The lack of response in U.S. crude oil to a demand earlier this week by President Donald Trump that the Organization of the Petroleum Exporting Countries cut its prices has added to the evidence that a further move higher is possible once the current period of consolidation is over.
On Wednesday, the United States president again accused the OPEC of driving fuel prices higher and urged USA allies such as Saudi Arabia to pump more. He added, "This must be a two way street".
At the time, Trump tweeted that he spoke with Saudi Arabia's King Salman to ramp up oil production to lower prices.
Oil this month rallied to the highest level in more than three years as the Organisation of Petroleum Exporting Countries' output increase plan was overshadowed by supply disruptions in Libya, Canada and Venezuela.
In addition to reducing the price of its August barrels, Saudi Arabia also told the Organization of the Petroleum Exporting Countries (OPEC) that it increased production by nearly 500,000 barrels per day last month.
This comes in the light of increased pressure from the Trump administration on allies to stop funding to Iran. Off-topic, inappropriate or insulting comments will be removed.
Despite these measures, Goldman Sachs said in a July 4 note to clients that "the market will remain in deficit" in the second half of the year. "Their companies - their companies will be subject to the same sanctions that everybody else's are if they engage in those sectors of the economy that are sanctionable, where there were sanctions imposed prior to 2015", the unnamed U.S. State Department Official told the media on June 26.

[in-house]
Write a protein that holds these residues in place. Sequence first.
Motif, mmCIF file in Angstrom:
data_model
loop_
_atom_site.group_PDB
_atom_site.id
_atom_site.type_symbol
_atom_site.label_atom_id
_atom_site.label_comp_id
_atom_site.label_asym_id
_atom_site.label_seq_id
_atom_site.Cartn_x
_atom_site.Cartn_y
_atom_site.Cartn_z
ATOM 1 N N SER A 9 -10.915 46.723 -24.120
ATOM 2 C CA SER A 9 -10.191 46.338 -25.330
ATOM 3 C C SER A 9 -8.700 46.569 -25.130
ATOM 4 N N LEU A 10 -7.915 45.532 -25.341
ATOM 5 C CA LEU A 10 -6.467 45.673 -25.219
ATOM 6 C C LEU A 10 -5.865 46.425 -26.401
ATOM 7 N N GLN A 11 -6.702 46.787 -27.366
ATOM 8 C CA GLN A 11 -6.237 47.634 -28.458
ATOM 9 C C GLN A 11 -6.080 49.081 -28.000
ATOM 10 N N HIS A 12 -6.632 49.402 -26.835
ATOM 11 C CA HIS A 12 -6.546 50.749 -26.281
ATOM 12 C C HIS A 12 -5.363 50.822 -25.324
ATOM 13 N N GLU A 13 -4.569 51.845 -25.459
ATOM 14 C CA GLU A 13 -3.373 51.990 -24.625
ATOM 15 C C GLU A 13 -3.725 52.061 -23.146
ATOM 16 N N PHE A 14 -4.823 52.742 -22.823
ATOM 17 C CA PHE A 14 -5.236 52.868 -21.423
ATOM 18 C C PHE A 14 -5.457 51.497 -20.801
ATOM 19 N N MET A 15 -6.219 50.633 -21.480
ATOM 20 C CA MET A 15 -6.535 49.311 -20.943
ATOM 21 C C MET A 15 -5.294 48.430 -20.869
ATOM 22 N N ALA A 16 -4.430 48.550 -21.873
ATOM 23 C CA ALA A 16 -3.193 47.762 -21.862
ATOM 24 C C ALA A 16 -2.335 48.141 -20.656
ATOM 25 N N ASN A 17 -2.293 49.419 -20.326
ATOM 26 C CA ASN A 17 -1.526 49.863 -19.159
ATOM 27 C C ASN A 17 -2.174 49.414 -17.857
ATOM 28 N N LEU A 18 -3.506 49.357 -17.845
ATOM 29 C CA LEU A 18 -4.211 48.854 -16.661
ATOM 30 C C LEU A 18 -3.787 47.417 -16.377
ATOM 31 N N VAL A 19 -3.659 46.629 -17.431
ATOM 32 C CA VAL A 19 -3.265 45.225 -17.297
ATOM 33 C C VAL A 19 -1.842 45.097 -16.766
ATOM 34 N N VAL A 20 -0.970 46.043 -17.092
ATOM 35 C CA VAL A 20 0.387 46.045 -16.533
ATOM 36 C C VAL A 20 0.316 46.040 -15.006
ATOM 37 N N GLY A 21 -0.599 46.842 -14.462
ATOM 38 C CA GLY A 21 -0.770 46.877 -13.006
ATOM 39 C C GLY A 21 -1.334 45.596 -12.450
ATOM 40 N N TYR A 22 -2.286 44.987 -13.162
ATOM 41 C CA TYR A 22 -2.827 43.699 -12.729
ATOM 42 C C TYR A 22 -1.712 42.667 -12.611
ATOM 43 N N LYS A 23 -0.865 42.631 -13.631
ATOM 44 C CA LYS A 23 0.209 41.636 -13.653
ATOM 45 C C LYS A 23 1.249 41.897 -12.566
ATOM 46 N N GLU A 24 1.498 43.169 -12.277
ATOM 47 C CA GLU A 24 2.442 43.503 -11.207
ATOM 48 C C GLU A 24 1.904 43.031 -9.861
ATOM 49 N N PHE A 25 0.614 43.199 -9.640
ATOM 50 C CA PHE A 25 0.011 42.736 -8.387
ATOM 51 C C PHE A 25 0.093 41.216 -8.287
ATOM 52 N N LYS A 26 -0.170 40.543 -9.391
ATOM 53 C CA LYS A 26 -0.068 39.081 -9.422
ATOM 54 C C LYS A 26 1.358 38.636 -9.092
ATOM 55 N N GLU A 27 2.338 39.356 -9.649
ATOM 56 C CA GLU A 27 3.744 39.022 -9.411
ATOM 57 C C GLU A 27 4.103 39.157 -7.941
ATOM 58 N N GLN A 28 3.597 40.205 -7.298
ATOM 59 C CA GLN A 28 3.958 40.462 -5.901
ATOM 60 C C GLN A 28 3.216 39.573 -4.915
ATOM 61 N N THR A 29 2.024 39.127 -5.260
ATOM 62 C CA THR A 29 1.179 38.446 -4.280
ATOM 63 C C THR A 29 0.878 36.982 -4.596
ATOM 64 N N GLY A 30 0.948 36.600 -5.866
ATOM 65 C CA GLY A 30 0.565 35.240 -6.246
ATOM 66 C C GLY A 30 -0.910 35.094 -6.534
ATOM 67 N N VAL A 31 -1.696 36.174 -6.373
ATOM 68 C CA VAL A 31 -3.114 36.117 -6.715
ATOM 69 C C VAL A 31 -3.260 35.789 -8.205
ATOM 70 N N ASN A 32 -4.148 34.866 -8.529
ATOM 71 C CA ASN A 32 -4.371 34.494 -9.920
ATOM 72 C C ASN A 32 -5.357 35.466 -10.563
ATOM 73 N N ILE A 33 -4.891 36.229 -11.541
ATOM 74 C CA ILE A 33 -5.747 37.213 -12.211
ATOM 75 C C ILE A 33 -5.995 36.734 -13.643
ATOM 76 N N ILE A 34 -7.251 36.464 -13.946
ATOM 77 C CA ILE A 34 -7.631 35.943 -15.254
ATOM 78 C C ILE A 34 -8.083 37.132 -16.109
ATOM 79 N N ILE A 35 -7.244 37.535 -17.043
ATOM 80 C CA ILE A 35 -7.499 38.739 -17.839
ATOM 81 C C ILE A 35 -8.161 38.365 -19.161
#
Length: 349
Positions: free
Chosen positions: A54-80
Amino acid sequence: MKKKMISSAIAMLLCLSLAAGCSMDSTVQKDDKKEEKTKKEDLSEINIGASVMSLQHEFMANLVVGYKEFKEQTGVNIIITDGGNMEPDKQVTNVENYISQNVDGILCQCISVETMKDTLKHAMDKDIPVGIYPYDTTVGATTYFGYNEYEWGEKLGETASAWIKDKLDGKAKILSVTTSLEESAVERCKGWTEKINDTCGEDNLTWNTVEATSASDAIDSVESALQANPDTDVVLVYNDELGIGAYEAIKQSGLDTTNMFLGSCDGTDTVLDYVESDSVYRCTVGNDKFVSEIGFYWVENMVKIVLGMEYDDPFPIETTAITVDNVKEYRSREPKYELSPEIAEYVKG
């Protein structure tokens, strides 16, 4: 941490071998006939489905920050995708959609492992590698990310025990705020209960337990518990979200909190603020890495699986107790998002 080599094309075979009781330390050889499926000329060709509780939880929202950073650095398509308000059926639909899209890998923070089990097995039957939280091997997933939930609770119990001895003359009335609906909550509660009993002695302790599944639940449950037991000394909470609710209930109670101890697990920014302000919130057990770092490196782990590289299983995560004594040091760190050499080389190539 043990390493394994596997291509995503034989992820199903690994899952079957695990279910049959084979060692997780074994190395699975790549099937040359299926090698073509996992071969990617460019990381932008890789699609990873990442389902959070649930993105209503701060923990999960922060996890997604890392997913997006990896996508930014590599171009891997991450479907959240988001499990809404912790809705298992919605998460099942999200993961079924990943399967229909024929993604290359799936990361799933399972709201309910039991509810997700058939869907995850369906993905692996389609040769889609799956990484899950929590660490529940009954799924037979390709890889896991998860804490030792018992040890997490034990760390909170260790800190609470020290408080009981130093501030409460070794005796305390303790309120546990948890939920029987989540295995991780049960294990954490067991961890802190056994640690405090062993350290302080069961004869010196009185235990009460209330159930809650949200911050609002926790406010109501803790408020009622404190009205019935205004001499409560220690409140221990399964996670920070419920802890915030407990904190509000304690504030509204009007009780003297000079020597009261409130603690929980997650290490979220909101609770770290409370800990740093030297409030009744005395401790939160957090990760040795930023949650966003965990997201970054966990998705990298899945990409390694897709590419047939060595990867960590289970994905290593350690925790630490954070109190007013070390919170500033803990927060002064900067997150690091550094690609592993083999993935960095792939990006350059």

For starters, Trump's reimposition of sanctions on Iran after canceling President Barack Obama's nuclear deal with that country has put upward pressure on the commodity, according to Mizuho Securities oil analyst Paul Sankey. "Pls stop it, otherwise it will go even higher!"
On Wednesday, an Iranian Revolutionary Guards commander said Tehran might block oil shipments through the Strait of Hormuz. The contract added 20 cents on Tuesday, and there was no settlement Wednesday due to the US holiday.
Brent crude futures were at $77.89 per barrel at 0830 GMT, down 35 cents.
USA crude futures fell $1.20 to settle at $72.94 a barrel, retreating from Tuesday's 3-1/2-year high of over $75.
Gasoline stocks fell 1.5 million barrels, compared with expectations in a Reuters poll for a 817,000-barrel drop. The largest producer in OPEC, the country has never produced more than 10.7 million barrels of oil per day and tapping into the extra million barrels per day could be risky.